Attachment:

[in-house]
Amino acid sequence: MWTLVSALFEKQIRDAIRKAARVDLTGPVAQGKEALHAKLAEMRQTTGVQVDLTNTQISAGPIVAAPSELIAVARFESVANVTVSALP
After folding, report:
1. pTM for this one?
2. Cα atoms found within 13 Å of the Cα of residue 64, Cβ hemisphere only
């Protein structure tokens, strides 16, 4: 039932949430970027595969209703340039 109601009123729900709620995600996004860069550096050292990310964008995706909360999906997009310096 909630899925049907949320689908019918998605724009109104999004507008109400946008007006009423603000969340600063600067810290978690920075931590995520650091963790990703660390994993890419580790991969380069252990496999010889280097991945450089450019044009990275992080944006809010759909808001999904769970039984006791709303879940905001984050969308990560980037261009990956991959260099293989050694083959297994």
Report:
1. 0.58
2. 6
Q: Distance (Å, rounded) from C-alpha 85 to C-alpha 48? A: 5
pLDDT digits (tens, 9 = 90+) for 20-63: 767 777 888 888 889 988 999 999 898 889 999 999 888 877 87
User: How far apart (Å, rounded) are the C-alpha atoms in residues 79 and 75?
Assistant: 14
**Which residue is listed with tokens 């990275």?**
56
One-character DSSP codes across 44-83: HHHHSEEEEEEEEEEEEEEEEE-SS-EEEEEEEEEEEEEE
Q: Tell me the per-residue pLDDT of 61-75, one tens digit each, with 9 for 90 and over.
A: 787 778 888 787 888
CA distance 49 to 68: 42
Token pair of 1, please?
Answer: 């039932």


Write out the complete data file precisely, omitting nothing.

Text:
[in-house]
Amino acid sequence: MWTLVSALFEKQIRDAIRKAARVDLTGPVAQGKEALHAKLAEMRQTTGVQVDLTNTQISAGPIVAAPSELIAVARFESVANVTVSALP
After folding, report:
1. pTM for this one?
2. Cα atoms found within 13 Å of the Cα of residue 64, Cβ hemisphere only
């Protein structure tokens, strides 16, 4: 039932949430970027595969209703340039 109601009123729900709620995600996004860069550096050292990310964008995706909360999906997009310096 909630899925049907949320689908019918998605724009109104999004507008109400946008007006009423603000969340600063600067810290978690920075931590995520650091963790990703660390994993890419580790991969380069252990496999010889280097991945450089450019044009990275992080944006809010759909808001999904769970039984006791709303879940905001984050969308990560980037261009990956991959260099293989050694083959297994």
Report:
1. 0.58
2. 6
Q: Distance (Å, rounded) from C-alpha 85 to C-alpha 48? A: 5
pLDDT digits (tens, 9 = 90+) for 20-63: 767 777 888 888 889 988 999 999 898 889 999 999 888 877 87
User: How far apart (Å, rounded) are the C-alpha atoms in residues 79 and 75?
Assistant: 14
**Which residue is listed with tokens 């990275």?**
56
One-character DSSP codes across 44-83: HHHHSEEEEEEEEEEEEEEEEE-SS-EEEEEEEEEEEEEE
Q: Tell me the per-residue pLDDT of 61-75, one tens digit each, with 9 for 90 and over.
A: 787 778 888 787 888
CA distance 49 to 68: 42
Token pair of 1, please?
Answer: 């039932």